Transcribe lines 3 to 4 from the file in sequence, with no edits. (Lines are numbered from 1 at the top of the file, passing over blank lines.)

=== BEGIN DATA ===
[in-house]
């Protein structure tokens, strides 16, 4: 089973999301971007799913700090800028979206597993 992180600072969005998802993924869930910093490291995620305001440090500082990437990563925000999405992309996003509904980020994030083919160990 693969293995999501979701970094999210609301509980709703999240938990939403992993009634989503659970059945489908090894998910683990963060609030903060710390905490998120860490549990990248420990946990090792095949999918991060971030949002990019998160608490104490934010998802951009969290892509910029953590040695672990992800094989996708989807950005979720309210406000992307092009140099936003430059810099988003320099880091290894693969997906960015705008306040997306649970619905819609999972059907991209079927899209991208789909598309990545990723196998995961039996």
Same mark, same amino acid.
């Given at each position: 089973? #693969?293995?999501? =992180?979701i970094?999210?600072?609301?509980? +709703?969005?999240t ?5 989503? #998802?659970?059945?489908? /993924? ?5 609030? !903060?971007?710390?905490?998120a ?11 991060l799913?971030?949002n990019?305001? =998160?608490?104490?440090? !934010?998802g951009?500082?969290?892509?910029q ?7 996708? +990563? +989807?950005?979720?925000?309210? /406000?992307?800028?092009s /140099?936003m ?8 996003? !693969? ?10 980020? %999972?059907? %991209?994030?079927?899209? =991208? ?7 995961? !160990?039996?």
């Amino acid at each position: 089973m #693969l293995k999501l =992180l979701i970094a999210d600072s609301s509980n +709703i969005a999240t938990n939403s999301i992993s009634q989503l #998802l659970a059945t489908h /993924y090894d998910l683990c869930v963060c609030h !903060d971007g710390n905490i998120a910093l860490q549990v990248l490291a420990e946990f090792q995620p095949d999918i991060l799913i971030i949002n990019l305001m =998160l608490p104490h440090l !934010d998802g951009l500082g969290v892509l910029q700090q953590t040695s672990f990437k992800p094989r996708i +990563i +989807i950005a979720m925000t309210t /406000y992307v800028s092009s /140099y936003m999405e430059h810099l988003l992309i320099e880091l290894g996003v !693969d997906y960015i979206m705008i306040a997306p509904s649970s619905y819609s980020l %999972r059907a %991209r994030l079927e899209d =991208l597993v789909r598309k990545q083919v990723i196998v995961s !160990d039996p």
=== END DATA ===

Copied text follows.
Same mark, same amino acid.
């Given at each position: 089973? #693969?293995?999501? =992180?979701i970094?999210?600072?609301?509980? +709703?969005?999240t ?5 989503? #998802?659970?059945?489908? /993924? ?5 609030? !903060?971007?710390?905490?998120a ?11 991060l799913?971030?949002n990019?305001? =998160?608490?104490?440090? !934010?998802g951009?500082?969290?892509?910029q ?7 996708? +990563? +989807?950005?979720?925000?309210? /406000?992307?800028?092009s /140099?936003m ?8 996003? !693969? ?10 980020? %999972?059907? %991209?994030?079927?899209? =991208? ?7 995961? !160990?039996?």